A ring - Circuit, also called the Ring Final Circuit, German mutatis mutandis Annular current distribution is a common in the UK electrical installation. It serves as part of the low-voltage networks of electricity supplies to households, homes and smaller businesses. The structure is defined by the British Standards as a part of the standard BS 1363 and is strongly affected by the use of British outlets.
The ring circuit was developed in Britain in the years 1942 until 1947. In other countries like Germany, this type of electrical installation is not common.
The ring circuit was motivated by the shortage of copper for electrical cables after the Second World War. Through the use of a ring between the distributor ( engl. Consumer Unit) and the various electrical connections could be used for the same electrical power lower conductor cross-sections, as in the star-shaped installation. The disadvantage is the higher installation costs associated with the installation ring and upon interruption of the ring, the risk of thermal overload.
In older distributors Ring Circuit also repairable fuses (English Rewireable fuses ) are used where the user had in blown fuse elements "patch " the fuse wire. Also, this safety- critical system was originally due to the shortage of materials and is consistently replaced by miniature circuit breakers for new installations.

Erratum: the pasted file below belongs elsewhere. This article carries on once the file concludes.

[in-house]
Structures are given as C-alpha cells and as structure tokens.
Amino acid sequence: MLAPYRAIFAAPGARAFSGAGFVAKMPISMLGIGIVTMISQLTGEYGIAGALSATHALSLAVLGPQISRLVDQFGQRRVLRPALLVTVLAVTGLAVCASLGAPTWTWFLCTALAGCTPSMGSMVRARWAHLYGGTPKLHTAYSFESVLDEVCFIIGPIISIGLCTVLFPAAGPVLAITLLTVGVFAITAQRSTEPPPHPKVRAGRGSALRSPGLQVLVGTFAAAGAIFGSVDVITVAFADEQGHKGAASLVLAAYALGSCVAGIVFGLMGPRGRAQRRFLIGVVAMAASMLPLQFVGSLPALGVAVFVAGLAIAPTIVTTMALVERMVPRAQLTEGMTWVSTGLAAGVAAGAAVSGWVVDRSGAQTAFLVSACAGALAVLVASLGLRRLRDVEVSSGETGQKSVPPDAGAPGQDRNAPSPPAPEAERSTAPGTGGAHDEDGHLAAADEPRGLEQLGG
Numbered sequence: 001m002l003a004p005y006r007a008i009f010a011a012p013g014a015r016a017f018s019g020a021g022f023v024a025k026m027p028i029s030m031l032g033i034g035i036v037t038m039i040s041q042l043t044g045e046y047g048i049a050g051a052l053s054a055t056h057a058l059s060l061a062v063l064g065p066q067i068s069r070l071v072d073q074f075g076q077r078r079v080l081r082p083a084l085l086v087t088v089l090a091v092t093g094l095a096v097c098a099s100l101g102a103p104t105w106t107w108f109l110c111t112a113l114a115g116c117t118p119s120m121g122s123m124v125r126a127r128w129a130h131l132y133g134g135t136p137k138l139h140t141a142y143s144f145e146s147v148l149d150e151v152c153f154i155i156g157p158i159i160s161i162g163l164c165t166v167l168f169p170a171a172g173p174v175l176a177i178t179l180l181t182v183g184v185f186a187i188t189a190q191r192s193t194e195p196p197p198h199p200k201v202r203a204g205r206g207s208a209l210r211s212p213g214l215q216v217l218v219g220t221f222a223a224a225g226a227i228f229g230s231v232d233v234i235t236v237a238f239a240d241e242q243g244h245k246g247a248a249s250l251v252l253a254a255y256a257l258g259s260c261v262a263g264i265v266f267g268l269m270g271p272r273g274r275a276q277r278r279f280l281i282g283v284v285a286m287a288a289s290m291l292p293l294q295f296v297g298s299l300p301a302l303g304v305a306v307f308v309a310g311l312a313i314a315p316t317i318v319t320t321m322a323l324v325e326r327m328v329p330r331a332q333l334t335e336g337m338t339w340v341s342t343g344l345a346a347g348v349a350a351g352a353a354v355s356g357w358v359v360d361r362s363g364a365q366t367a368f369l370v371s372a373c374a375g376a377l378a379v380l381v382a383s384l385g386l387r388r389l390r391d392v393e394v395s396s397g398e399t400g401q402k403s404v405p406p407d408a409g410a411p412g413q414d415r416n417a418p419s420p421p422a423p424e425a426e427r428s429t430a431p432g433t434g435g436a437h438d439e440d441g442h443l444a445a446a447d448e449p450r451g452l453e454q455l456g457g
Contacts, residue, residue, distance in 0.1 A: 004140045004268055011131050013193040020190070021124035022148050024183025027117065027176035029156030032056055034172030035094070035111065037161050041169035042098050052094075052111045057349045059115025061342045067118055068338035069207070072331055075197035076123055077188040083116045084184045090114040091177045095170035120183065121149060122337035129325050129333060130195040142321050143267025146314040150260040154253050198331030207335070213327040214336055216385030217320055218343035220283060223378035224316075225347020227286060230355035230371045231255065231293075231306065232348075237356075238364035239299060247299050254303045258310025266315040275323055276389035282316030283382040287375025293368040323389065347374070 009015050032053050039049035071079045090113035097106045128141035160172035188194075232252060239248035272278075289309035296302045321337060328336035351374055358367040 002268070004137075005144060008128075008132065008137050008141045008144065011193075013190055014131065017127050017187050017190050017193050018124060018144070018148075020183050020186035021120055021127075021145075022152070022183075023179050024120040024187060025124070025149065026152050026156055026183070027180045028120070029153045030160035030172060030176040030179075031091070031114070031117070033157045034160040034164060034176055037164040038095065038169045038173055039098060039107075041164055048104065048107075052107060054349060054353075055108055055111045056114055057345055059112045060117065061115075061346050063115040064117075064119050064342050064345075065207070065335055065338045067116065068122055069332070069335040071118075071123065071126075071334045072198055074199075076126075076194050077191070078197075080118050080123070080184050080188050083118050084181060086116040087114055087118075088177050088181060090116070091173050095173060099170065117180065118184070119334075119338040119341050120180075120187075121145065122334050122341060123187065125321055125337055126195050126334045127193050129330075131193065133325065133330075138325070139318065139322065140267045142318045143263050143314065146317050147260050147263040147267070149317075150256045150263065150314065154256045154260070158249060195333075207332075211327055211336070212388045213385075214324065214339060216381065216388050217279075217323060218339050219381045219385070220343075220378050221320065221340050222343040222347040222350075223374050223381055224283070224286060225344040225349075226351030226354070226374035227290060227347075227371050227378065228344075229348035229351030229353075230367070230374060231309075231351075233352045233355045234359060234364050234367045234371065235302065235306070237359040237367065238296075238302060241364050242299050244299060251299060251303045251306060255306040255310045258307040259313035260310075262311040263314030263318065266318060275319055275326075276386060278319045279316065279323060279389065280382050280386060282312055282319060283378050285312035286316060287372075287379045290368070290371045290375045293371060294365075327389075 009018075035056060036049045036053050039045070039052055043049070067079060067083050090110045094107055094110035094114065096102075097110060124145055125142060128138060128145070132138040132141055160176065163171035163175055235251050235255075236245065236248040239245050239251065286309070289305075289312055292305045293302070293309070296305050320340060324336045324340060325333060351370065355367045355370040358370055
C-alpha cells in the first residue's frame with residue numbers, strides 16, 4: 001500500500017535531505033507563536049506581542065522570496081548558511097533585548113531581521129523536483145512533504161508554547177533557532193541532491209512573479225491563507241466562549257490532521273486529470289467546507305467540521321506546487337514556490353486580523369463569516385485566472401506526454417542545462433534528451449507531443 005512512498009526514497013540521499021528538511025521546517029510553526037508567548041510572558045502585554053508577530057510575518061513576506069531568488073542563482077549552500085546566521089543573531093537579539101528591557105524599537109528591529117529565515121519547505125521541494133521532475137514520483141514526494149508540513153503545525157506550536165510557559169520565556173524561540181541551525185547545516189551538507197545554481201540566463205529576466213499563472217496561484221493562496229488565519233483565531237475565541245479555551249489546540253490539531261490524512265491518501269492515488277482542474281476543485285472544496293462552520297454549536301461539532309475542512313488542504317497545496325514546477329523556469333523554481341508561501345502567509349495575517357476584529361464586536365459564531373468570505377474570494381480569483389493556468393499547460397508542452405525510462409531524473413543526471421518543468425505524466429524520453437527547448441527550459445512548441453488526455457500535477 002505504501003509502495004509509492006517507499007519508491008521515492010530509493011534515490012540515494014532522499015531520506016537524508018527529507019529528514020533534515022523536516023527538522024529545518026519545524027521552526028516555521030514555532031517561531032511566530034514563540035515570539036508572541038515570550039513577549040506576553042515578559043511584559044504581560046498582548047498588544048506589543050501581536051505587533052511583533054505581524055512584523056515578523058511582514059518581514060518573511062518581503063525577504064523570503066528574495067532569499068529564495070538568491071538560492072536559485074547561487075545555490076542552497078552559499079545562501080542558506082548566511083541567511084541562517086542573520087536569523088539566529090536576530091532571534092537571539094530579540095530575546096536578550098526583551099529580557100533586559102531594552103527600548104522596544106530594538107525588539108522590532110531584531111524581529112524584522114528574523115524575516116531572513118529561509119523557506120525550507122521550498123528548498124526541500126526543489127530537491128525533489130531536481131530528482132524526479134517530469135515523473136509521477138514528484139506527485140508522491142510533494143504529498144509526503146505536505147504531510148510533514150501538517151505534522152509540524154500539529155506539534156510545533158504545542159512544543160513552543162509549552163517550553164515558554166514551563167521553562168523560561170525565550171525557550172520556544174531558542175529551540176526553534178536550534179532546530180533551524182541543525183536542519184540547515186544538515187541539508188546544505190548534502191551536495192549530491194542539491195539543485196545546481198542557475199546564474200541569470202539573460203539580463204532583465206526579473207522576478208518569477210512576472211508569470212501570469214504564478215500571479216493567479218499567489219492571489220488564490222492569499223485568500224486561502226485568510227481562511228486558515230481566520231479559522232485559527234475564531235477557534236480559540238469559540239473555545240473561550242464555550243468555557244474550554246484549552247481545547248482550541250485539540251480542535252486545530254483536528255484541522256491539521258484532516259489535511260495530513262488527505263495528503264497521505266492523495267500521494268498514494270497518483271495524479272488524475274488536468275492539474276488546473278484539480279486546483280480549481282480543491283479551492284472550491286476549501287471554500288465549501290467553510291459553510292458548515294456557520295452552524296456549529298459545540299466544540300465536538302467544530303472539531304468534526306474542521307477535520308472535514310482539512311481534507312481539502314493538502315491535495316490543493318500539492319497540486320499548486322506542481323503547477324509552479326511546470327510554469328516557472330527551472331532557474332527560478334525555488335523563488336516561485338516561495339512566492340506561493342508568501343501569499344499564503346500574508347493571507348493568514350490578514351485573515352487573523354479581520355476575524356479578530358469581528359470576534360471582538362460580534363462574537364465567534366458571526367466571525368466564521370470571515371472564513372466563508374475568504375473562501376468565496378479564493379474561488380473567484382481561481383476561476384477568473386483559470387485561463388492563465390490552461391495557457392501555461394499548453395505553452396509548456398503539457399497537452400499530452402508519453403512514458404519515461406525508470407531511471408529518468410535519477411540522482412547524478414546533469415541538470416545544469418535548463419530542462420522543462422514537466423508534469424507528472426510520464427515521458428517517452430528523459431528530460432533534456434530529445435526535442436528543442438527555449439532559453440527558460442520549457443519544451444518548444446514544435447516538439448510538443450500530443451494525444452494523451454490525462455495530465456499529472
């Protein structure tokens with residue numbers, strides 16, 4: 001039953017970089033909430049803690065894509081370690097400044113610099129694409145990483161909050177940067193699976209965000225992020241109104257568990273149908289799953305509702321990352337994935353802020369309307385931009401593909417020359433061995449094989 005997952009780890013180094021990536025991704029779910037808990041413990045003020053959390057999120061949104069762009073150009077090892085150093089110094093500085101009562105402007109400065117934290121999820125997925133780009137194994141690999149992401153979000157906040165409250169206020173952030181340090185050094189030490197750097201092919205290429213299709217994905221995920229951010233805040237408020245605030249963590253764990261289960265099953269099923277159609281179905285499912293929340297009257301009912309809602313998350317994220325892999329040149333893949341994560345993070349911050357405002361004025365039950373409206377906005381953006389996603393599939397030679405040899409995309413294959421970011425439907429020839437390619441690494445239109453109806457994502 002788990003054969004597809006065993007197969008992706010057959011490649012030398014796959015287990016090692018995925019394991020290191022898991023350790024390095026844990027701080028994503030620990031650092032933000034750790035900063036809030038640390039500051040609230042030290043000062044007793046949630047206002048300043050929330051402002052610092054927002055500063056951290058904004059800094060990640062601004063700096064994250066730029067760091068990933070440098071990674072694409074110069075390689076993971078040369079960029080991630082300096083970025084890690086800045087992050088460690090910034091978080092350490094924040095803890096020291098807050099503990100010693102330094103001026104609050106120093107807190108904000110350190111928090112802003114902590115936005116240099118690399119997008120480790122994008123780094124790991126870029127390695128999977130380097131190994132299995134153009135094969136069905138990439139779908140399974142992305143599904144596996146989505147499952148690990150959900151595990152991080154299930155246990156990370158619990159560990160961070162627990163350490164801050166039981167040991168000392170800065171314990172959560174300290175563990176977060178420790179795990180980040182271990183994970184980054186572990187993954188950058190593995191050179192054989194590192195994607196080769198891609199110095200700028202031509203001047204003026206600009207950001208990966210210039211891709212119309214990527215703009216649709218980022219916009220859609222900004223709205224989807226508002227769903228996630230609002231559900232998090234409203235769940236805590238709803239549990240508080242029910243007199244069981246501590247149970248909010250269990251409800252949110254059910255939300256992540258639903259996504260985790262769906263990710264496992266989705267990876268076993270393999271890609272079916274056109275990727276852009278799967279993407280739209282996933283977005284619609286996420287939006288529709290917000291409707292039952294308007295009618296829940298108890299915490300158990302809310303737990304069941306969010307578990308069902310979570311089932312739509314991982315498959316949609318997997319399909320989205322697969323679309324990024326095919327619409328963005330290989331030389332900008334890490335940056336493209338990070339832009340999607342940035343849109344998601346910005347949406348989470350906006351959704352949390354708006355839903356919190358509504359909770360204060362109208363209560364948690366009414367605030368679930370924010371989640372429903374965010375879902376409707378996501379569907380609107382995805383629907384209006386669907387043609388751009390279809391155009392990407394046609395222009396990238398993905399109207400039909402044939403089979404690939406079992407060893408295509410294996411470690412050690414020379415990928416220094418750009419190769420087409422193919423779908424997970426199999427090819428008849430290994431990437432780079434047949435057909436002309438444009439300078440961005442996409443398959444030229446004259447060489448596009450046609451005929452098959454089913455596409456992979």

From the distribution box of go per circuit two strands, which are connected to form a closed ring. Because the individual, possibly distributed over several rooms, wall outlets are connected as shown in the adjacent sketch. Stubs inside the ring, especially in subsequent additions, are common.
In smaller rings conductor cross-sections from 1.5 mm2 with a hedge of 30 A and 32 A are common in newer and larger rings and cable cross-sections of 2.5 mm2 can be used. The wall sockets according to British Standard BS 1363 are individually switched, and the connectors are protected with an internal fuse of 13 amps.